High Noon Saloon by Slug Fest Games: I enjoy a lot of Red Dragon Inn but I hadn’t heard of this one before. Luckily for me I have someone in the house who loves westerns, so the game was well received. After opening it I wasn’t super impressed with the bits but after doing a little more research I was happy to see it got a decent BGG rating. Which was a huge plus for a game I hadn’t heard of before that was published five years ago. I’m really hoping this game will be a diamond in the rough.
Taking a temporary divergence, Final Fantasy XI used the PlayStation 2's online capabilities as an MMORPG. Initially released for the PlayStation 2 with a PC port arriving six months later, Final Fantasy XI was also released on the Xbox 360 nearly four years after its original release in Japan. This was the first Final Fantasy game to use a free rotating camera. Final Fantasy XII was released in 2006 for the PlayStation 2 and uses only half as many polygons as Final Fantasy X, in exchange for more advanced textures and lighting. It also retains the freely rotating camera from Final Fantasy XI. Final Fantasy XIII and Final Fantasy XIV both make use of Crystal Tools, a middleware engine developed by Square Enix.
Basically, what Corndance Tavern has done is section off a bit of the restaurant near the Corndance bar and turned it into a mini-restaurant/butcher shop. They have a little cold case with a selection of maybe 10 different meats that are shooting for an upmarket clientele. We're talking 55-day dry-aged beef, which if you know your steak is super difficult to find anywhere, not just South Bend. Alongside that are some nice pork chops and some house-made sausage.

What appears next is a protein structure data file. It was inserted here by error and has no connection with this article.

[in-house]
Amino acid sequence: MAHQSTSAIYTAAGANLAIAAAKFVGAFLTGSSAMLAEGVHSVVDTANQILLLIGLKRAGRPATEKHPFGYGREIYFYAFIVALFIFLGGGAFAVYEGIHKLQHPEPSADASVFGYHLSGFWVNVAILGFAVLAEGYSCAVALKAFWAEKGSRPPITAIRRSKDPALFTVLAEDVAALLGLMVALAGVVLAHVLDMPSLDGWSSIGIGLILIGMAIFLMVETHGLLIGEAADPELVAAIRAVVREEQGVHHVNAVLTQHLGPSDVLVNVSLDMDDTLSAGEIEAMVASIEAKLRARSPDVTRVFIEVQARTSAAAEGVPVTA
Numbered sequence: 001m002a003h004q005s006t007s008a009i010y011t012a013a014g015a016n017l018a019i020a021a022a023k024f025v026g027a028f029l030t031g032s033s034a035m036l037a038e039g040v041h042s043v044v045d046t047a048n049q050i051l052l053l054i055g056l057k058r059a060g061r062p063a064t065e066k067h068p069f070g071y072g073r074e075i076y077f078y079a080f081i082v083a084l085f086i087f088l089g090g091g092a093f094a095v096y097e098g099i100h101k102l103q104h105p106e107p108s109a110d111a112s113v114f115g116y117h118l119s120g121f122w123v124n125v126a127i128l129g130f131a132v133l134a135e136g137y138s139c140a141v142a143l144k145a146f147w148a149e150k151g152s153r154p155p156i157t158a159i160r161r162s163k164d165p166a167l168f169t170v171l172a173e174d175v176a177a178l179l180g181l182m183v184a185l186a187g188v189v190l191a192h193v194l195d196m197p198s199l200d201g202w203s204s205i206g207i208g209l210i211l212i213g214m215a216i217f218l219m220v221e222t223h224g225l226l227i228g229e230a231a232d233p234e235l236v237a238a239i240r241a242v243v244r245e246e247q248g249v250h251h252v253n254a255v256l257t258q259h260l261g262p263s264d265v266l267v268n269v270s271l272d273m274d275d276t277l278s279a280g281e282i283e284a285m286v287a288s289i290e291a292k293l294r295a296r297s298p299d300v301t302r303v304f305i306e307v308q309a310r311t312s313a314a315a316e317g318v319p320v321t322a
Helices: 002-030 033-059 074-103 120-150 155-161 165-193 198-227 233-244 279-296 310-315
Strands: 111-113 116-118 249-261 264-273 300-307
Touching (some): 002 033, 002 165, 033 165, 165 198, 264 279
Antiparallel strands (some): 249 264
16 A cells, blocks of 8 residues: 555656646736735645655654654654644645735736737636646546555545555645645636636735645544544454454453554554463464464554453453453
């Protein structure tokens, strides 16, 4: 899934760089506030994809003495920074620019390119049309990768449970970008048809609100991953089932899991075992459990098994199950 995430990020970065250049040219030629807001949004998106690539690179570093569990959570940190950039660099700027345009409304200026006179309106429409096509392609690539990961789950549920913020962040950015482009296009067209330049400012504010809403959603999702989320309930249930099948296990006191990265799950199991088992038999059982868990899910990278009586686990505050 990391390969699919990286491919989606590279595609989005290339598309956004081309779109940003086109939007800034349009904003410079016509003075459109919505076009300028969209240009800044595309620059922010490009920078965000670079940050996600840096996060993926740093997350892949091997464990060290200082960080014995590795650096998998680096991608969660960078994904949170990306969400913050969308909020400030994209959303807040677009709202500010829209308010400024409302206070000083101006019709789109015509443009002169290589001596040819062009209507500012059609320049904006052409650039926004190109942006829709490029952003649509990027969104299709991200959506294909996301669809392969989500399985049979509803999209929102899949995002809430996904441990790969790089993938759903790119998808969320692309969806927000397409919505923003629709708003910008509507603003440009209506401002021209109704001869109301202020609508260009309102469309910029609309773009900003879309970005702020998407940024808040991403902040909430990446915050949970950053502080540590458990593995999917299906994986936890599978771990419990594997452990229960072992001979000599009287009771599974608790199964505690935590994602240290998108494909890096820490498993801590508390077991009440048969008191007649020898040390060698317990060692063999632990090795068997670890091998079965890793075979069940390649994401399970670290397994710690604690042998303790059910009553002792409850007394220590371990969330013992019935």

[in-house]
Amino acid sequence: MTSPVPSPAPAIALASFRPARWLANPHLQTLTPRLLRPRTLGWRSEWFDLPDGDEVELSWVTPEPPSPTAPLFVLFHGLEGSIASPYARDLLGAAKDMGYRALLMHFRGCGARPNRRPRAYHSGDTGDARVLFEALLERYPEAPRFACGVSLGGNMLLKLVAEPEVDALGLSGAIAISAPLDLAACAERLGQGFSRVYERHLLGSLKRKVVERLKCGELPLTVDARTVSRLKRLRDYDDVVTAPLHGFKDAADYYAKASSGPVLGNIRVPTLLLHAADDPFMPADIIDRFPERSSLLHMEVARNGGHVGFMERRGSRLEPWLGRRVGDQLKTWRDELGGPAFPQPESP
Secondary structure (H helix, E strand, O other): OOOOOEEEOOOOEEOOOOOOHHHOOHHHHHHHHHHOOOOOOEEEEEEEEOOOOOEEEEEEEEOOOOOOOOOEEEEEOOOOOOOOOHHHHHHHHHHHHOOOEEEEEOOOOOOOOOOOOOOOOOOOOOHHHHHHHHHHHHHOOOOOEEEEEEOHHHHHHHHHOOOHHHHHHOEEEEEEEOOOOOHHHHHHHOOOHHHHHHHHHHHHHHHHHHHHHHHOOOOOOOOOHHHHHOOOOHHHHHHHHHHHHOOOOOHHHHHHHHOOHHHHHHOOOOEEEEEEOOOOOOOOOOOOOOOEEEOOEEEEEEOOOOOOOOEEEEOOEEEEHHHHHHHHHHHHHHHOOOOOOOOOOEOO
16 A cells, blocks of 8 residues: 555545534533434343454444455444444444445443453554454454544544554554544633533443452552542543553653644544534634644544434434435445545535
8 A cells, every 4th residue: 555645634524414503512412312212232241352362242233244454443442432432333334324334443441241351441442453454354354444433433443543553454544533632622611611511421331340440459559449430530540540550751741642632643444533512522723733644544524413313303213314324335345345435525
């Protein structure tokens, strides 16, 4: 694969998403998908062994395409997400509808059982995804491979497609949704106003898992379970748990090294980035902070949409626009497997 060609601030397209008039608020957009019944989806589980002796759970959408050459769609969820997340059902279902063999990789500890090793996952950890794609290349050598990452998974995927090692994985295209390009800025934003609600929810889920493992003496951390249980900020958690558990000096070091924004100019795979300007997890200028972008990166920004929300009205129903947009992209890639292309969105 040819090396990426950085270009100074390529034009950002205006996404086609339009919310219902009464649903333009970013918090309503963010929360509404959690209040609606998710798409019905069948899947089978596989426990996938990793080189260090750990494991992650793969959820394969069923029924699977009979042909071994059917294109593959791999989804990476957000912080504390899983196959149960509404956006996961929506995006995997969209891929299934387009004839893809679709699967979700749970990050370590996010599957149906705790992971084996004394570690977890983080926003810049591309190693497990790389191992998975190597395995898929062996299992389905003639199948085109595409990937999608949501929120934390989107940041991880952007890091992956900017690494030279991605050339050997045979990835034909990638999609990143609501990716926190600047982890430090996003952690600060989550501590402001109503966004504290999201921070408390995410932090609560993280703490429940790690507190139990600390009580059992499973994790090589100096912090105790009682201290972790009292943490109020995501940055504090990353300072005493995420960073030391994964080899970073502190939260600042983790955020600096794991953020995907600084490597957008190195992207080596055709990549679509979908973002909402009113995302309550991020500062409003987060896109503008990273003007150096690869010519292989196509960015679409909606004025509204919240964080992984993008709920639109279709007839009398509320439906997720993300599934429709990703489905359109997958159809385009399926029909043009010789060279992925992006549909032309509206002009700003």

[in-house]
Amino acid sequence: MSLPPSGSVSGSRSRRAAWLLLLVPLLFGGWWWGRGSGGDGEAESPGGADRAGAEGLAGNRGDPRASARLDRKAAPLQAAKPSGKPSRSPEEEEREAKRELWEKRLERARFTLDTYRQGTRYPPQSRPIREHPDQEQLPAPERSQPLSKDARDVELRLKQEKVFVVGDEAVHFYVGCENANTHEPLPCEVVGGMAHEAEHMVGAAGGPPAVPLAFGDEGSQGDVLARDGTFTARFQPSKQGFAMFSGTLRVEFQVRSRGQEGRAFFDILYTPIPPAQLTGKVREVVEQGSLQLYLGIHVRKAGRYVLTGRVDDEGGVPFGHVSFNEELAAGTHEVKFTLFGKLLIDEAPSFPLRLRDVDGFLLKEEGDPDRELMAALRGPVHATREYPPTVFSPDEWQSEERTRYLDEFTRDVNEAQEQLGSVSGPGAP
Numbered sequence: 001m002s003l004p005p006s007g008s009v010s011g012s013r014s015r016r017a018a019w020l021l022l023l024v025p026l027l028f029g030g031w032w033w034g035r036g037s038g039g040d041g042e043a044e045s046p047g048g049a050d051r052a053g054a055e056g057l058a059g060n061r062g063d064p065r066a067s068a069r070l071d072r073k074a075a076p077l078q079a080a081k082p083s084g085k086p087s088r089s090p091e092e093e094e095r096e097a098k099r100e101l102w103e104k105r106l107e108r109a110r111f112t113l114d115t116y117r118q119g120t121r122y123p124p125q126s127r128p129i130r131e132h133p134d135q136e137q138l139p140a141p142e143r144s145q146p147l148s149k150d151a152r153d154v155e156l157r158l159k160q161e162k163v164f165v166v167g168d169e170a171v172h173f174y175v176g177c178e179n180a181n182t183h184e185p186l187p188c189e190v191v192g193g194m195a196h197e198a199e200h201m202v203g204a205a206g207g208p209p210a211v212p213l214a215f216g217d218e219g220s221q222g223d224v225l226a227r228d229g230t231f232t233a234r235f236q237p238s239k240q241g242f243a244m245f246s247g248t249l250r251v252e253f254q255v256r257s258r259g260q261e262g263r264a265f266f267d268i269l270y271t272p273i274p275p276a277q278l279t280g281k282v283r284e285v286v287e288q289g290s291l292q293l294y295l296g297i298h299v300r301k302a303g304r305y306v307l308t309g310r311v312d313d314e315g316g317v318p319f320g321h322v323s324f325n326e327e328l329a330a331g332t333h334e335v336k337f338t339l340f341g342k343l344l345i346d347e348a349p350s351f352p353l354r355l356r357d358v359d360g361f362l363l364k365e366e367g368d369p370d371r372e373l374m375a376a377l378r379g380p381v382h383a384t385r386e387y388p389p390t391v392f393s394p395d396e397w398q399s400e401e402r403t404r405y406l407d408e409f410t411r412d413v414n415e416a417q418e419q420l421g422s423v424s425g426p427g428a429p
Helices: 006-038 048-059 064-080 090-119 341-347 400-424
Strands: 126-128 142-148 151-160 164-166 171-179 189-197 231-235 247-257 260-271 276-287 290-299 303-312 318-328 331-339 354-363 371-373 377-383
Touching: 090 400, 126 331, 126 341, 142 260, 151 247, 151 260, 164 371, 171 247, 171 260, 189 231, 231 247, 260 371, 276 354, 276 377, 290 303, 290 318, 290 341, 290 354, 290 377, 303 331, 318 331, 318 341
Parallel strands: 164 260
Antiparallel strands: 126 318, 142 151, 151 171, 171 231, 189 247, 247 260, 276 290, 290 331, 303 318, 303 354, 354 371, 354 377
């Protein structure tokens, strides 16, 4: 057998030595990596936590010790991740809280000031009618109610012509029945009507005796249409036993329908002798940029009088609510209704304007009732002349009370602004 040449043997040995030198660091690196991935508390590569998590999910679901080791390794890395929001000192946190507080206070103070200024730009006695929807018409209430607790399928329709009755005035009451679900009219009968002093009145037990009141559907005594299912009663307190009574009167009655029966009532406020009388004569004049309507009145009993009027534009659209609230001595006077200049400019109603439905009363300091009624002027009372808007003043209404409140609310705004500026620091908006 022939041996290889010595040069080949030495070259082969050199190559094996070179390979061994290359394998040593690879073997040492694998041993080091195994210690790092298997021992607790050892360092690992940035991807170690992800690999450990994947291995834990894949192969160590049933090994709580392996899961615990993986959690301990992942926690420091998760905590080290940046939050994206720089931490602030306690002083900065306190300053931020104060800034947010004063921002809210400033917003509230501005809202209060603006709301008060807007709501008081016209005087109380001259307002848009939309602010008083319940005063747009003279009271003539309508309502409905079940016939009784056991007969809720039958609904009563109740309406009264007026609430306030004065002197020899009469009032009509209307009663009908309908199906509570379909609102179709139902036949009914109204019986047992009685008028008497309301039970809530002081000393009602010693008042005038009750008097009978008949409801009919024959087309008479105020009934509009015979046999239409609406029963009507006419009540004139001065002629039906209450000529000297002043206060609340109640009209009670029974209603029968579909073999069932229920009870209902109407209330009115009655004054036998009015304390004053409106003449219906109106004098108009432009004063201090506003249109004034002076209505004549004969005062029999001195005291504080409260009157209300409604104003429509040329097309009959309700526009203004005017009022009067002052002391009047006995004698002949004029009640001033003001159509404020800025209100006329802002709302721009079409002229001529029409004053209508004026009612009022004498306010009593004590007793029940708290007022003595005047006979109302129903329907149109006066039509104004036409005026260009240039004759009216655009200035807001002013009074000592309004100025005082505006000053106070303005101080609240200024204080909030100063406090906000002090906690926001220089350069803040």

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Overall I'm not really impressed with my box. Yes, I was happy about one of the games but I would have preferred two solid games over one solid and two mediocre games. I don't feel as though I've received a deal since two of the three games are unlikely to be played. I understand that this is the risk you take with mystery boxes but I just don't think Board Game Bento is going to be the right subscription box for me.
However, unless you have a particularly robust collection or are like several GeekDad contributors (who shall remain nameless) and have a Kickstarter obsession, you’re probably safe. The games are generally from smaller, independent publishers and started out on a crowdfunding platform. Which–to me–makes them all the more exciting. These are games that might not land on “hot” lists but still deserve table time.
As I said, Board Game Bento guarantees at least an $80 value. The four games in this particular box retail for about $100. Some boxes also include accessories, such as dice or other ephemera, so your mileage may vary from month to month. However, a one-month subscription would make a great gift idea for any gamers you know. Because let’s be honest: who doesn’t love opening a mystery box?
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If you like the idea of creating your own tracker via Excel or Numbers, you may be compelled to get even more creative with database tools like Access for Windows or Bento for Mac. These tools allow you to set up relational databases and even give you the option of setting up custom interfaces to interact with your data. Access is pretty powerful for personal database applications, and using it with other MS products, you can come up with some pretty awesome, in depth analysis and tracking of your habits and goals.
I originally wasn't going to subscribe for this one as the theme didn't really interest me, but a discount offer, the mention that this box would have over $100 worth of games, and the hint that one of the games was a Spiel des Jahres nominee got me to give in. Based on the month's theme, I thought the SdJ nominee would've been Codenames or less likely, T.I.M.E. Stories. Alas, the "nominee" was Spyfall. Overall, I'm not very excited about this box as I don't play these types of games, though Salem looks interesting.